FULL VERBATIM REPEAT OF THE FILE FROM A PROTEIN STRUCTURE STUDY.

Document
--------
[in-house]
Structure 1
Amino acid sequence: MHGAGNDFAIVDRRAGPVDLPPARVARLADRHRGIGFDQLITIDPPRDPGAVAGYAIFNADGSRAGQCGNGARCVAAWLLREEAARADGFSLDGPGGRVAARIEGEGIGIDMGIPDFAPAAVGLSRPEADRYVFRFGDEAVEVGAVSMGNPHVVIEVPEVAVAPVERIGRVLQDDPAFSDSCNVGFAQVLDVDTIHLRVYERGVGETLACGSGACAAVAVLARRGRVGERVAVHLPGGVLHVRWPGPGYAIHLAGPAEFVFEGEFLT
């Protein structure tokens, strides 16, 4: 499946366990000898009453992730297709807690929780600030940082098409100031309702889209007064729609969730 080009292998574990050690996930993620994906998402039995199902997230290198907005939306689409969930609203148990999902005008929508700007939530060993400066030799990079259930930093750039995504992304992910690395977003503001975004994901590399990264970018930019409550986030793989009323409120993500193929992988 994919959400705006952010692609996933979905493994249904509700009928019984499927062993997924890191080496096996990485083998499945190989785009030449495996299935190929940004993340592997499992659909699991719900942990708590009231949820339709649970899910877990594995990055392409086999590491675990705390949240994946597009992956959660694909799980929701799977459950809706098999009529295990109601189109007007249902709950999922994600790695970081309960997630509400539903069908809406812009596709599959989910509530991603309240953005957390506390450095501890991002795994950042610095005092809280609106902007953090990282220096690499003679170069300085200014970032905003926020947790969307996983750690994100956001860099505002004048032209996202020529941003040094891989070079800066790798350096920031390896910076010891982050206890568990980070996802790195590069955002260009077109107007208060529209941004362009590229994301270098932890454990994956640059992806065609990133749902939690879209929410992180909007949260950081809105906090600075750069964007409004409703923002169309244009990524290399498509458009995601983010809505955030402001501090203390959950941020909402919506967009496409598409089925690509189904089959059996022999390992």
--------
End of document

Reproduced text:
[in-house]
Structure 1
Amino acid sequence: MHGAGNDFAIVDRRAGPVDLPPARVARLADRHRGIGFDQLITIDPPRDPGAVAGYAIFNADGSRAGQCGNGARCVAAWLLREEAARADGFSLDGPGGRVAARIEGEGIGIDMGIPDFAPAAVGLSRPEADRYVFRFGDEAVEVGAVSMGNPHVVIEVPEVAVAPVERIGRVLQDDPAFSDSCNVGFAQVLDVDTIHLRVYERGVGETLACGSGACAAVAVLARRGRVGERVAVHLPGGVLHVRWPGPGYAIHLAGPAEFVFEGEFLT
């Protein structure tokens, strides 16, 4: 499946366990000898009453992730297709807690929780600030940082098409100031309702889209007064729609969730 080009292998574990050690996930993620994906998402039995199902997230290198907005939306689409969930609203148990999902005008929508700007939530060993400066030799990079259930930093750039995504992304992910690395977003503001975004994901590399990264970018930019409550986030793989009323409120993500193929992988 994919959400705006952010692609996933979905493994249904509700009928019984499927062993997924890191080496096996990485083998499945190989785009030449495996299935190929940004993340592997499992659909699991719900942990708590009231949820339709649970899910877990594995990055392409086999590491675990705390949240994946597009992956959660694909799980929701799977459950809706098999009529295990109601189109007007249902709950999922994600790695970081309960997630509400539903069908809406812009596709599959989910509530991603309240953005957390506390450095501890991002795994950042610095005092809280609106902007953090990282220096690499003679170069300085200014970032905003926020947790969307996983750690994100956001860099505002004048032209996202020529941003040094891989070079800066790798350096920031390896910076010891982050206890568990980070996802790195590069955002260009077109107007208060529209941004362009590229994301270098932890454990994956640059992806065609990133749902939690879209929410992180909007949260950081809105906090600075750069964007409004409703923002169309244009990524290399498509458009995601983010809505955030402001501090203390959950941020909402919506967009496409598409089925690509189904089959059996022999390992």